0901-15 New York Times Crossword Answers 1 Sep 15, Tuesday

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CROSSWORD SETTER: Michael Torch
THEME: Vowel Sound Progression … each of today’s theme answers ends with a word starting with an S-sound, and ending with an N-sound. The middle of the word is a long vowel-sound, progressing from an A-sound to a U-sound:

17A. Locale of the Île de la Cité : RIVER SEINE
25A. Highway investigation site : CRASH SCENE
36A. Request from one seeking help from above : LORD, GIVE ME A SIGN
46A. Like clothing customized from raw fabric : CUT AND SEWN
57A. Phrase over a movie poster : COMING SOON

BILL BUTLER’S COMPLETION TIME: 6m 52s
ANSWERS I MISSED: 0

Today’s Wiki-est, Amazonian Googlies
Across

1. Buddy of “The Beverly Hillbillies” : EBSEN
The actor Buddy Ebsen is best known for playing Jed Clampett in television’s “The Beverly Hillbillies”, as wells the title character on the seventies detective series “Barnaby Jones”. Ebsen had been cast in the role of the Tin Man in the 1939 movie “The Wizard of Oz”, but he developed an allergy to the aluminium dust that was used in the makeup. He ended up in hospital and had to walk away from the part. Ebsen blamed “The Wizard of Oz” on persistent problems that he had with his lungs in subsequent years. But Ebsen lived 16 years longer that any of the other major cast members of the film, so maybe he got the last laugh!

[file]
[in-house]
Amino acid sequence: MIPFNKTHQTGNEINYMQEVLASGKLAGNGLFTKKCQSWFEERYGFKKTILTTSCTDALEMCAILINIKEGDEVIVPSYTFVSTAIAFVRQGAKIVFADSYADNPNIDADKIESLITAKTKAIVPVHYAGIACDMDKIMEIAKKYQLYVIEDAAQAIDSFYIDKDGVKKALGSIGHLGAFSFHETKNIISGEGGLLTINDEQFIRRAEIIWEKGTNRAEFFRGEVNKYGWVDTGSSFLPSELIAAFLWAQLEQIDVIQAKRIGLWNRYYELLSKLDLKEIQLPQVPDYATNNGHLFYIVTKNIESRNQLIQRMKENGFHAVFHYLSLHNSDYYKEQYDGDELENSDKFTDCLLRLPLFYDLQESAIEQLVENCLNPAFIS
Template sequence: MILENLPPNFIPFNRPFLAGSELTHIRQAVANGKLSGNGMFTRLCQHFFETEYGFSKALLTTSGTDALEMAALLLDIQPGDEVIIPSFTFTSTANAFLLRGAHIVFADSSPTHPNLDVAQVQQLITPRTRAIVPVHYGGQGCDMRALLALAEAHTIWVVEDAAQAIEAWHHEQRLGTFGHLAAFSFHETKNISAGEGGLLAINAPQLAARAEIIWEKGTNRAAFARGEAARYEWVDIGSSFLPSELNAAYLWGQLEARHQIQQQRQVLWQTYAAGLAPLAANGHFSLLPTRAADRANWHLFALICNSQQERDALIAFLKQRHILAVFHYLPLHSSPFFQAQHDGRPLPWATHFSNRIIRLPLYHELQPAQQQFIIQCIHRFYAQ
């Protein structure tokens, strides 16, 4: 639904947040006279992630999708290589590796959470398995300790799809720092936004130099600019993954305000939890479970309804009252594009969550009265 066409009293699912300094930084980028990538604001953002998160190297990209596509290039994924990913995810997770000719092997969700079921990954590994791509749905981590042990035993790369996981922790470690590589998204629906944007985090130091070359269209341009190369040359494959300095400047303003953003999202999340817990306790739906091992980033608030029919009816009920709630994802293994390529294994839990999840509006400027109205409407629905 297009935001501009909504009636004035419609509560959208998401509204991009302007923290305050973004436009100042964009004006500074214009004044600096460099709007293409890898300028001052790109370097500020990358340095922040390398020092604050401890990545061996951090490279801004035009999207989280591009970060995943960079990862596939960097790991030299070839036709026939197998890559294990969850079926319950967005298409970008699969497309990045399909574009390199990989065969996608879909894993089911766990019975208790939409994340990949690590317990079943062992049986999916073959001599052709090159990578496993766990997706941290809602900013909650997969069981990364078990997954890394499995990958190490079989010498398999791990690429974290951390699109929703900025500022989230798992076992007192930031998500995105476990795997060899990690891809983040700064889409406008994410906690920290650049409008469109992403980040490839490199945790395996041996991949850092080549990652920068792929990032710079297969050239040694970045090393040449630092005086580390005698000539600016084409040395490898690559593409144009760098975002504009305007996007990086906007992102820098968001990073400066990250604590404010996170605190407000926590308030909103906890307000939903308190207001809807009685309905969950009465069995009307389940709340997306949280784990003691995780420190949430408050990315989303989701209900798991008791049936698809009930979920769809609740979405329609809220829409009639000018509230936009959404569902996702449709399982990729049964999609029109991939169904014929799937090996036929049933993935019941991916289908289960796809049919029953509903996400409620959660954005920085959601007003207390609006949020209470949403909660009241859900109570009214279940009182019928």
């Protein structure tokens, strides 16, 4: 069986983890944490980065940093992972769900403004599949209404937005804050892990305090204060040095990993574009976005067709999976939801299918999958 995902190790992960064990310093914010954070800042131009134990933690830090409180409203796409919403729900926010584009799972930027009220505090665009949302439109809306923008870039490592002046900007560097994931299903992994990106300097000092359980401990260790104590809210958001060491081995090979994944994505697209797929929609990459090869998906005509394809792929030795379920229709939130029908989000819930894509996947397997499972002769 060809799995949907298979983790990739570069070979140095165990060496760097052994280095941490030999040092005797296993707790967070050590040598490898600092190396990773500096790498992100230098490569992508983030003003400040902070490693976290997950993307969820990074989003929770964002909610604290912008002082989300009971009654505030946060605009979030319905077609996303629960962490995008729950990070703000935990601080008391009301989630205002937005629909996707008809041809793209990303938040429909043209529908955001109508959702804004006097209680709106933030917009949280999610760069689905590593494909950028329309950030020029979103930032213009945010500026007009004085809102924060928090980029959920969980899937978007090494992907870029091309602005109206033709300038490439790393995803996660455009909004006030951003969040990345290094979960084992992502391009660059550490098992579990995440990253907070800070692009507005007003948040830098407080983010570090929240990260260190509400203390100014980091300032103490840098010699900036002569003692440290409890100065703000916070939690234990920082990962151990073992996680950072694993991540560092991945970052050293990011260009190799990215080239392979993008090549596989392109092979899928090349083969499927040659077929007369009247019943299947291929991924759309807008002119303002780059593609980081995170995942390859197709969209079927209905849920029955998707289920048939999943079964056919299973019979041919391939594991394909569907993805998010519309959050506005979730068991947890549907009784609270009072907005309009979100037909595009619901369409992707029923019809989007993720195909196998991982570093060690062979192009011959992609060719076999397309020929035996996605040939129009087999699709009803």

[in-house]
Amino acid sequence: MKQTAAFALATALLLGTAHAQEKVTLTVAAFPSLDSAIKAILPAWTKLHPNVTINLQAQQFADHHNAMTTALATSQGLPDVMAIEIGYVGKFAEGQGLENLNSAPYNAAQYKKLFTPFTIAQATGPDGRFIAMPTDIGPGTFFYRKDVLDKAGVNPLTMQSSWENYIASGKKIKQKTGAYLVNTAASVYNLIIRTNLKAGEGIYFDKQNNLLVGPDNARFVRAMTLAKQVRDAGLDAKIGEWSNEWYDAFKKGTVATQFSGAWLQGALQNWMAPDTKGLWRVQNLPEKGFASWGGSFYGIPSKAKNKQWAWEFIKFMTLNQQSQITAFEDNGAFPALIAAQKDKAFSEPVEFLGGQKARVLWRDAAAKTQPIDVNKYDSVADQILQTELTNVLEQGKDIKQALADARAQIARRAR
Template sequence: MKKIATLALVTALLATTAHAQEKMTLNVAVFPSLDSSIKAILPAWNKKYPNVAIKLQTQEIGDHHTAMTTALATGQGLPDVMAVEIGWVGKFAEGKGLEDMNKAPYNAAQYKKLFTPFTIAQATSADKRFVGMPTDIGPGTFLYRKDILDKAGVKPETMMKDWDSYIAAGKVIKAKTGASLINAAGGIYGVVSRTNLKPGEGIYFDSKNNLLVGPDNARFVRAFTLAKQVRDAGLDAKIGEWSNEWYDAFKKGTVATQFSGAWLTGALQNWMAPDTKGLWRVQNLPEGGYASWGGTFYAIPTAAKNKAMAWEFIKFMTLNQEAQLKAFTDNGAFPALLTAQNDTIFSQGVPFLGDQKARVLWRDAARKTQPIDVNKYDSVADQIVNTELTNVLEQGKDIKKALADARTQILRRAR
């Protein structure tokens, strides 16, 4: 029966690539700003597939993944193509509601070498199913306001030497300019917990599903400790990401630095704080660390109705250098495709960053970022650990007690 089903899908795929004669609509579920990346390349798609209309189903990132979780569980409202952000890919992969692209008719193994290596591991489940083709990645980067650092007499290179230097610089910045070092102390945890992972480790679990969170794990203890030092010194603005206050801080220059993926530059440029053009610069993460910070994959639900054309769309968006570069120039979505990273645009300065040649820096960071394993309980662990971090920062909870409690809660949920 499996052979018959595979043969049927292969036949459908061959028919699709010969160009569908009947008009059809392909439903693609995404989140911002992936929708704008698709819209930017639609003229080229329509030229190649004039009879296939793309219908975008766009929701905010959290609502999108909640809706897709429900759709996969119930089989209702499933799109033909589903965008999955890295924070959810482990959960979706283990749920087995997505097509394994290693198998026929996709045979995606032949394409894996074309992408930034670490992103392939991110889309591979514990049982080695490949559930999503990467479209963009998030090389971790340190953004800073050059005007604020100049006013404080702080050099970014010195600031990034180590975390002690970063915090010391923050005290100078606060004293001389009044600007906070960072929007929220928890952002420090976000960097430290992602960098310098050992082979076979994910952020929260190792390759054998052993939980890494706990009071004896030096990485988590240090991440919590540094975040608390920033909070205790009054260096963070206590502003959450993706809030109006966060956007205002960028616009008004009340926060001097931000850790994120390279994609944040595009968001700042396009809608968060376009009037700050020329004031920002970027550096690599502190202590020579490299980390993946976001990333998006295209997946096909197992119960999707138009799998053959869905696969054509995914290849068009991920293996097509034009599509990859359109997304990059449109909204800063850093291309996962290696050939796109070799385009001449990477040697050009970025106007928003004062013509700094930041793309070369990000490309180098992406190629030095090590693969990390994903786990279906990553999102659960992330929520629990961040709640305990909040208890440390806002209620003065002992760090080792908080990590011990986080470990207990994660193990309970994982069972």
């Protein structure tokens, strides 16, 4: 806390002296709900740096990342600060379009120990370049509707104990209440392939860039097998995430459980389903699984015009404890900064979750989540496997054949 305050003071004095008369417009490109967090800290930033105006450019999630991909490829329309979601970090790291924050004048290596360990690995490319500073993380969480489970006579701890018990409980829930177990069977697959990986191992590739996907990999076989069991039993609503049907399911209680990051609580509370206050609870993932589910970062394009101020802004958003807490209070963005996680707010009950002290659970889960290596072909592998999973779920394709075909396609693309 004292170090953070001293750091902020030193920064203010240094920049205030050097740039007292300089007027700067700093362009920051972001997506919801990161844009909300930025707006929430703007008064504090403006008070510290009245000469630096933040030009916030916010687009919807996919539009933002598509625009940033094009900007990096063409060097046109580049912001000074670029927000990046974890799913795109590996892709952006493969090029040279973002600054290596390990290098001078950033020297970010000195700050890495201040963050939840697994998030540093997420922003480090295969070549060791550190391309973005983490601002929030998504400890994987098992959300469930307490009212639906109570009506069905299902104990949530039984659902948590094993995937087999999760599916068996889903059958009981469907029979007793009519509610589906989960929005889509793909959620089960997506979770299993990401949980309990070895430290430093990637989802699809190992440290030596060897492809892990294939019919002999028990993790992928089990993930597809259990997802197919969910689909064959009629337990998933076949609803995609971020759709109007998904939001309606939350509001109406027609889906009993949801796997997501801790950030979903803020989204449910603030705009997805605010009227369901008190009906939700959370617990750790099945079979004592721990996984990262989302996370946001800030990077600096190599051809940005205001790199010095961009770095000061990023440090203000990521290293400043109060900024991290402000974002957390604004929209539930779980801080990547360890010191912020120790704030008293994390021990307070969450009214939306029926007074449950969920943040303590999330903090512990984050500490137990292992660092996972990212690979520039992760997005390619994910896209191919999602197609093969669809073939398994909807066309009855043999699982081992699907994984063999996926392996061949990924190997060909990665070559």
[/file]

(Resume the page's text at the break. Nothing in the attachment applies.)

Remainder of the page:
“The Beverly Hillbillies” was a rags-to-riches sitcom that aired from 1962 to 1971, a creation of writer Paul Henning. Buoyed by the success of “Hillbillies”, Henning created another sitcom in 1965, one that was a complete opposite in terms of plot, the riches-to-rags story of “Green Acres”.

17. Locale of the Île de la Cité : RIVER SEINE
There are two famous islands in the middle of the River Seine in Paris, one being the Île de la Cité, and the other Île Saint-Louis. Île de la Cité is the most renowned of the two, as it is home to the cathedral of Notre Dame.

19. Rug rat : TYKE
“Tyke” has been used playfully to describe a young child since at least 1902, but for centuries before that a tyke was a cur or mongrel, or perhaps a lazy or lower-class man.

21. “___ Yankees” : DAMN
In the musical show “Damn Yankees”, the title refers to the New York Yankees baseball team that dominated the sport in the fifties. That said, the show tells the story of the a man who sells his soul to help his beloved Washington Senators team beat the Yankees and win the pennant. So, “Damn Yankees” is yet another version of the classic German legend of “Faust”. The show was written by Richard Adler and Jerry Ross, a production that turned out to be a very successful follow-up to their prior hit, “The Pajama Game”. The future was looking really rosy for Adler and Ross but, sadly, Jerry Ross died of an obstructive lung disease only a few weeks after “Damn Yankees” opened on Broadway in 1955. He was just 29 years old.

33. Classic car inits. : REO
The REO Motor Company was founded by Ransom E. Olds (hence the name REO). The company made cars, trucks and buses, and was in business from 1905 to 1975 in Lansing, Michigan. Among the company’s most famous models were the REO Royale and the REO Flying Cloud.

40. Santa ___ winds : ANA